Wall St subdued after September jobs miss
US stocks have edged higher in volatile trading after data showed jobs in the country rose far less than expected in September but not enough to throw the Federal Reserve off its presumed course of tapering asset purchases this year.
Eight of the 11 major S&P sectors were higher in early trading.
The energy index was the top gainer, up 2.0 per cent, while shares of Amazon, Microsoft and Bank of America gave the biggest boost to the S&P 500.
The Labor Department's closely watched non-farm payrolls report showed hiring increased by 194,000 jobs last month, far less than the 500,000 jobs forecast by a Reuters poll of economists.
While the unemployment rate fell to 4.8 per cent from 5.2 per cent in August, average hourly earnings rose by a more than expected 0.6 per cent.
"This weak number doesn't push the Fed to need to taper any sooner. It might be December now versus November but it probably doesn't rock the boat too much and tapering likely still takes place later this year," said Ryan Detrick, chief market strategist at LPL Financial.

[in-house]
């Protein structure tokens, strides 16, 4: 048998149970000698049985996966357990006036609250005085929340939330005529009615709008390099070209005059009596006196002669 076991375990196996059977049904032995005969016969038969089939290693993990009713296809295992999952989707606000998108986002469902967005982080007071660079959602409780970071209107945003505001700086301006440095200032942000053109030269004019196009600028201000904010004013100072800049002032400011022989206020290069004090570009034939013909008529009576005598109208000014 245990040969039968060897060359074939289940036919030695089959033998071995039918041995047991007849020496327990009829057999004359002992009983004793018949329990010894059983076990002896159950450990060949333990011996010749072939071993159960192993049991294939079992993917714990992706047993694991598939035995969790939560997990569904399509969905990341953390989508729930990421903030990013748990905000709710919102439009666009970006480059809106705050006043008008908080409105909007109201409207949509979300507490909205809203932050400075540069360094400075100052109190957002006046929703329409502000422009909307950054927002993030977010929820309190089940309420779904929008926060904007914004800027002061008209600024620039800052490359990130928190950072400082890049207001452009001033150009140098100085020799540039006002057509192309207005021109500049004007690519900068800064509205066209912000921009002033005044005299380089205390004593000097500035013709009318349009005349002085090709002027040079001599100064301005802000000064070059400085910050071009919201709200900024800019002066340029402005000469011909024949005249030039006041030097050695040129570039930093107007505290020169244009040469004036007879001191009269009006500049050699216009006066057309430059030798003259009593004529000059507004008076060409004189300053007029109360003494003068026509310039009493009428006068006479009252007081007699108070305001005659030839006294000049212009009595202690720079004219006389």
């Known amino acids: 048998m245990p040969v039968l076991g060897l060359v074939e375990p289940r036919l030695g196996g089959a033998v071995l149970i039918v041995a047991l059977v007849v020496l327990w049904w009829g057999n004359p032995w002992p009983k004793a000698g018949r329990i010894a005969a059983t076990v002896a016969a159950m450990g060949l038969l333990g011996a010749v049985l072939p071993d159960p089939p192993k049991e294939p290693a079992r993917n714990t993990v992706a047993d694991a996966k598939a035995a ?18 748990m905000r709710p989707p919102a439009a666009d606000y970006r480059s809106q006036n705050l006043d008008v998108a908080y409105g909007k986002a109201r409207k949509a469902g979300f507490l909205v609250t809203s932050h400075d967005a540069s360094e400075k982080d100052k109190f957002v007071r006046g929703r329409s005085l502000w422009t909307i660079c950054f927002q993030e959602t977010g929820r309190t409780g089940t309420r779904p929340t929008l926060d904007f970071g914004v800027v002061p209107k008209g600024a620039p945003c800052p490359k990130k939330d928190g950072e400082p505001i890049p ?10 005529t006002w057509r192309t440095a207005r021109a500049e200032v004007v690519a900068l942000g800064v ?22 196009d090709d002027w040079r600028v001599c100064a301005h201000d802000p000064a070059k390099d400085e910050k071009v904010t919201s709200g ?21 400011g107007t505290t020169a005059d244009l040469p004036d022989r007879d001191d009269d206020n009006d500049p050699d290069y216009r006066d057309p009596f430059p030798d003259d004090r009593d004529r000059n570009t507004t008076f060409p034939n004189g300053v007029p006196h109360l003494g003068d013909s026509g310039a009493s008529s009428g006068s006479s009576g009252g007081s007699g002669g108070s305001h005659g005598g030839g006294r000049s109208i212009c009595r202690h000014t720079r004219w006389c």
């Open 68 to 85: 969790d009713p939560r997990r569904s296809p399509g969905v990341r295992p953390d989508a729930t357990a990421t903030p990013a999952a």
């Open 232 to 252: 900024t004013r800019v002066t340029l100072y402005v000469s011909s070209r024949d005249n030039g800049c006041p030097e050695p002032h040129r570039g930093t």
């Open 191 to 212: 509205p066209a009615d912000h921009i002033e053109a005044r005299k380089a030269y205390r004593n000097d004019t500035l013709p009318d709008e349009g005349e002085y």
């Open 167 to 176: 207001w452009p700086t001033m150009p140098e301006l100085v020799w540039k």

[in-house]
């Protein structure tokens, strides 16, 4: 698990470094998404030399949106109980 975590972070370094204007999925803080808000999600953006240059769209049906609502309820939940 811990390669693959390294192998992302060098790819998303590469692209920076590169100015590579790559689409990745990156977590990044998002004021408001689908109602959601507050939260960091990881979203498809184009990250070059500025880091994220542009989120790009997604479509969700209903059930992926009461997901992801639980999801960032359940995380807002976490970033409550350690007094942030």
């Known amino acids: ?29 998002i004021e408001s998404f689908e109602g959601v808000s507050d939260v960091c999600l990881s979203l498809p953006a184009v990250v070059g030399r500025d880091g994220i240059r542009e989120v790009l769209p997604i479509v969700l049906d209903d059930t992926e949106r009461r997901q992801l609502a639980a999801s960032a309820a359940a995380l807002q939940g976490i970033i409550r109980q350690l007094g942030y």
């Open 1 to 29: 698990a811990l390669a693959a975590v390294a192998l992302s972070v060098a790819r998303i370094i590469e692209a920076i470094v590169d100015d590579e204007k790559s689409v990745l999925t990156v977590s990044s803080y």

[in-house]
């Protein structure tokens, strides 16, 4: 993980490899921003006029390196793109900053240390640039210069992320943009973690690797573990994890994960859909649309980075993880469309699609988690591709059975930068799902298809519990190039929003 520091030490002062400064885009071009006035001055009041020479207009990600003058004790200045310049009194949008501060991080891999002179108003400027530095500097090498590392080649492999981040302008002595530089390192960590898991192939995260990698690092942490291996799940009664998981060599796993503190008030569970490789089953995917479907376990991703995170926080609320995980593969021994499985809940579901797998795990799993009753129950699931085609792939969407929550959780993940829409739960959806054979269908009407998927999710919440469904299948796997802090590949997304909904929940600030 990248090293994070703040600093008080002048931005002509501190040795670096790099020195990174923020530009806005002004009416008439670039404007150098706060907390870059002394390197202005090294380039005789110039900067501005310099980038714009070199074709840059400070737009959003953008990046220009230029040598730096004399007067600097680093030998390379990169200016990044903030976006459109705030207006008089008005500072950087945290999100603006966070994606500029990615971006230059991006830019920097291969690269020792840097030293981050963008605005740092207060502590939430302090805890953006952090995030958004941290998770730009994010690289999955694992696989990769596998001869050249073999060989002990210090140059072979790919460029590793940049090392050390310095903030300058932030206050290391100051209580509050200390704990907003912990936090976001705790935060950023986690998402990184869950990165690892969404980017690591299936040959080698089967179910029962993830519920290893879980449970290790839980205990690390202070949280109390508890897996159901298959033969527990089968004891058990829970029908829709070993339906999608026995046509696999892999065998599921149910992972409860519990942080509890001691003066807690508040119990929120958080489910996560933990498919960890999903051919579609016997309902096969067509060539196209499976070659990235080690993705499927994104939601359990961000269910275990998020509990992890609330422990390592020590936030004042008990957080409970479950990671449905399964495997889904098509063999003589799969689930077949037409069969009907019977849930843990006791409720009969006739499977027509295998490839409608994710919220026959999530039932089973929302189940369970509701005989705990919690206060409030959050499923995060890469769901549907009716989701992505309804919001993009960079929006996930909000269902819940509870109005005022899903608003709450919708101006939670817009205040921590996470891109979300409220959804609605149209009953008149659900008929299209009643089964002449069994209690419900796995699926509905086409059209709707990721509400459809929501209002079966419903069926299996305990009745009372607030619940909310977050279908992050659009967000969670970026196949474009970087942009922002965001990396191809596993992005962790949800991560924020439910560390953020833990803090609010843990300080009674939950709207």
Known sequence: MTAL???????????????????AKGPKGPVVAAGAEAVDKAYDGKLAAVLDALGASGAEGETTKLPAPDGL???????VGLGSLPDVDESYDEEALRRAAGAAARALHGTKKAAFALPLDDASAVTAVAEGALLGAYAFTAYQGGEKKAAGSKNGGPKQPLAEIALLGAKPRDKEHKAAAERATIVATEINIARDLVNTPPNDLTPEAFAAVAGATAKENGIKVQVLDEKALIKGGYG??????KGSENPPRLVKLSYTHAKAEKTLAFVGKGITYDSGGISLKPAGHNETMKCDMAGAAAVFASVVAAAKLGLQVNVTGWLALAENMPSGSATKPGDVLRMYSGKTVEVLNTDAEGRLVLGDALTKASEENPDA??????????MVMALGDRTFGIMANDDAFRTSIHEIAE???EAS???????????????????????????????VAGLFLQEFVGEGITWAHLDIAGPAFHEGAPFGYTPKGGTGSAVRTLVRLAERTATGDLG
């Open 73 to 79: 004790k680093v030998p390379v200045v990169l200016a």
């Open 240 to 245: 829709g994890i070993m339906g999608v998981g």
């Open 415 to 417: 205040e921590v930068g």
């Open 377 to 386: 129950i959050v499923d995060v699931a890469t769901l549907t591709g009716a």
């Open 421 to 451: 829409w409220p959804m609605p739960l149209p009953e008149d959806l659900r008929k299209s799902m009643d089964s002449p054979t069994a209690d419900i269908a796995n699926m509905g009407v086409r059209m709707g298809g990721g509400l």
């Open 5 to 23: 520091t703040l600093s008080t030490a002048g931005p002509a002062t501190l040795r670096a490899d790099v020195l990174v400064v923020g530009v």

While investors expect the Fed to stick to its tapering plans this year, the weak data did not spur changes to rate hike expectations either.
Futures on the federal funds rate has priced in a quarter-point tightening either by November or December next year.
The numbers follow better than expected private jobs data and weekly jobless claims report while a temporary reprieve from the US Senate agreeing to raise the federal government's $28.4 trillion debt limit set the three major US indexes for weekly gains.
In early trading, the Dow Jones Industrial Average was up 24.85 points, or 0.07 per cent, at 34,779.79, the S&P 500 was up 4.64 points, or 0.11 per cent, at 4,404.40, and the Nasdaq Composite was down 2.64 points, or 0.02 per cent, at 14,651.38.
Conagra Brands Inc slipped as JP Morgan downgraded the stock to "neutral" from "overweight" a day after the diversified food maker flagged price increases to cushion inflation impact and raised sales forecast.
Advancing issues outnumbered decliners by a 1.37-to-1 ratio on the NYSE.
Declining issues outnumbered advancers for a 1.10-to-1 ratio on the Nasdaq.
The S&P index recorded 10 new 52-week highs and three new lows while the Nasdaq recorded 44 new highs and 43 new lows.
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